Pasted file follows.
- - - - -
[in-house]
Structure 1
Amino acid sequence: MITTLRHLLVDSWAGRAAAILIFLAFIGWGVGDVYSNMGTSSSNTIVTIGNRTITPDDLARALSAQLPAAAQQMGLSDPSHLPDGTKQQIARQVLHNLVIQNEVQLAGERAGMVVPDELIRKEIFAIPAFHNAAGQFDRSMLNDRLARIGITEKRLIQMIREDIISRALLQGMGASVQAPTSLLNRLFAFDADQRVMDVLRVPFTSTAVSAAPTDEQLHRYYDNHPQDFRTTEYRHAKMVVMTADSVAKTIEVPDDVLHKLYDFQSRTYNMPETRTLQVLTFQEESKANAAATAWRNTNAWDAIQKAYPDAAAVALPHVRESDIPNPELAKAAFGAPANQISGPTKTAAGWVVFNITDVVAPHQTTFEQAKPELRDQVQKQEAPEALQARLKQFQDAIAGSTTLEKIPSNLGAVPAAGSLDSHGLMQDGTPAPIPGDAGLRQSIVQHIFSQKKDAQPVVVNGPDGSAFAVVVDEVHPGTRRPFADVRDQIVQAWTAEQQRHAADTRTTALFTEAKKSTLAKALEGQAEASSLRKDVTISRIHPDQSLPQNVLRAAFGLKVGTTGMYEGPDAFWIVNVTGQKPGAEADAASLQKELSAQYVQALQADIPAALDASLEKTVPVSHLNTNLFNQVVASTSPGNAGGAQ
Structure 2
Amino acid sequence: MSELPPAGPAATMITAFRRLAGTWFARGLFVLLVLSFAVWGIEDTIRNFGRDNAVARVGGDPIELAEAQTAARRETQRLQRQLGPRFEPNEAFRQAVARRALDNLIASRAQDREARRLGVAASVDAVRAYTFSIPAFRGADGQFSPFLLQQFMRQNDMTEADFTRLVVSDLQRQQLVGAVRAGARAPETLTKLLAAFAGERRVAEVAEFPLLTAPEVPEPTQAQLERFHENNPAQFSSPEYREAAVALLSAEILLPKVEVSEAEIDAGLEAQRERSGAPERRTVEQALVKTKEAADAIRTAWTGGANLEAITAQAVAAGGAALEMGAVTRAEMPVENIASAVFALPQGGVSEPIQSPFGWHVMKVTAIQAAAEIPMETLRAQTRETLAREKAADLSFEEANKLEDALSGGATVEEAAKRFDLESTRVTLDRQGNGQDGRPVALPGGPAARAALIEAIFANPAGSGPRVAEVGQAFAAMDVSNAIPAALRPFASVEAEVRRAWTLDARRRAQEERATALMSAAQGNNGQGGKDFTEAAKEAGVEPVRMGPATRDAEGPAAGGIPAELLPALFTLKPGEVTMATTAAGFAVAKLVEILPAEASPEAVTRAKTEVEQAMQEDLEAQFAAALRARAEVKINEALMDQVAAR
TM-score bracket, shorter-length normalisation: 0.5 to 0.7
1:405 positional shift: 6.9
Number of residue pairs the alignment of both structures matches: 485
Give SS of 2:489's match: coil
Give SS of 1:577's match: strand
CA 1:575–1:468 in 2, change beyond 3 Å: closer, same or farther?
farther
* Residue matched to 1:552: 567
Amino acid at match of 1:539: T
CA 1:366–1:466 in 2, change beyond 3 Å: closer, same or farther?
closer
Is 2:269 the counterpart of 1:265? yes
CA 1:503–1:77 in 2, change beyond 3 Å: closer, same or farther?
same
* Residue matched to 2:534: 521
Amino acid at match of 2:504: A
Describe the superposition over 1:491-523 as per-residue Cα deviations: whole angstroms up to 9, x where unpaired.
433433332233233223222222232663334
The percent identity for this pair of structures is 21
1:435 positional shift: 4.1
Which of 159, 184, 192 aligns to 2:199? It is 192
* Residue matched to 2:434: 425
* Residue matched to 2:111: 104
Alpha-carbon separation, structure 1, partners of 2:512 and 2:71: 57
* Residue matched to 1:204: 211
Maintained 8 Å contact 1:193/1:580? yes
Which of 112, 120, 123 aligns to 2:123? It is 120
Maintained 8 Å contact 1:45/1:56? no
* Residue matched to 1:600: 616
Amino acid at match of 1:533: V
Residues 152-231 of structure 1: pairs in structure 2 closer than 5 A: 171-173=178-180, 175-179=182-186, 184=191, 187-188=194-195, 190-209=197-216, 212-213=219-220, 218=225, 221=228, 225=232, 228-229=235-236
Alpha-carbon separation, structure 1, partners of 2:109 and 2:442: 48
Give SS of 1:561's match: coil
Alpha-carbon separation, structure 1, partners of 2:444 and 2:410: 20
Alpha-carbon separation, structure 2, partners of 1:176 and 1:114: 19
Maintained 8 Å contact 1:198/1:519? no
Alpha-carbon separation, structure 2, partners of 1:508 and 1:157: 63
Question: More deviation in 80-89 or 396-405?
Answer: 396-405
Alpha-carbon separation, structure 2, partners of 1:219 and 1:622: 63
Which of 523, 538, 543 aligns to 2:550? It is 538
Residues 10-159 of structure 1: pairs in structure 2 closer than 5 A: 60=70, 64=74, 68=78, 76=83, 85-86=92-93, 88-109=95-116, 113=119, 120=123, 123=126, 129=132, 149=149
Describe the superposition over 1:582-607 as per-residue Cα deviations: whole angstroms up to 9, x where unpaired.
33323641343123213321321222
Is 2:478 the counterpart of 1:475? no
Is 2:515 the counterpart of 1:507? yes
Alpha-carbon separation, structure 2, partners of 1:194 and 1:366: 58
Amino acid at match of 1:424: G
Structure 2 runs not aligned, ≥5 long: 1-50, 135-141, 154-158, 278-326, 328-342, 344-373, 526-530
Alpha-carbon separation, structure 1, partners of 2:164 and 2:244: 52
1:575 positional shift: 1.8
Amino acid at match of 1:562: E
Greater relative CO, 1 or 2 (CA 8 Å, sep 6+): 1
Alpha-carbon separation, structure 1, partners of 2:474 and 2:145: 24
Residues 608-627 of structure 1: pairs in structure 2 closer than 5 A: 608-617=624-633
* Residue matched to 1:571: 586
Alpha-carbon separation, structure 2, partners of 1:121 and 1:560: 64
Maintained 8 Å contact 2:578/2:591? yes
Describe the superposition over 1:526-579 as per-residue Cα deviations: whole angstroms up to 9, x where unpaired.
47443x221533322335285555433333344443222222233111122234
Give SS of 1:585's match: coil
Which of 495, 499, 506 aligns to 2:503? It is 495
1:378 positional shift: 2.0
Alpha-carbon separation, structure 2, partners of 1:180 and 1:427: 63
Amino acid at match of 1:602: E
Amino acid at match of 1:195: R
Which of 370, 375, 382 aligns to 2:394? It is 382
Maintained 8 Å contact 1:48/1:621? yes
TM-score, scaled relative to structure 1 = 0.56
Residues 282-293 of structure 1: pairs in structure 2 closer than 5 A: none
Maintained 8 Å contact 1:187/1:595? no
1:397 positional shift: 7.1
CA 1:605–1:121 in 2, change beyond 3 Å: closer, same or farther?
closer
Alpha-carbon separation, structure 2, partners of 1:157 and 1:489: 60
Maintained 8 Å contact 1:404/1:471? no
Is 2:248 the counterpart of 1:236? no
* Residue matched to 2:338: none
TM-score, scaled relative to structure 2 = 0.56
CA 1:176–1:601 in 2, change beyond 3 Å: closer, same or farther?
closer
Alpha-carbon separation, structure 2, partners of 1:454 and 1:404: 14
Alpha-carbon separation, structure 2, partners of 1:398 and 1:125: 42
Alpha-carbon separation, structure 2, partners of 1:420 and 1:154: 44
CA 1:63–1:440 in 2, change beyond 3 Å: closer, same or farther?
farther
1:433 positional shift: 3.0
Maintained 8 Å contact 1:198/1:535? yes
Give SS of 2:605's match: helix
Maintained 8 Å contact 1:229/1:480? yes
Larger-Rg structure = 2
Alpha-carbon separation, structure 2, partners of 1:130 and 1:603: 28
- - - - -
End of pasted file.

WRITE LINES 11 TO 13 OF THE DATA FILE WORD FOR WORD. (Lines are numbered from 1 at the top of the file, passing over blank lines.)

CA 1:575–1:468 in 2, change beyond 3 Å: closer, same or farther?
farther
* Residue matched to 1:552: 567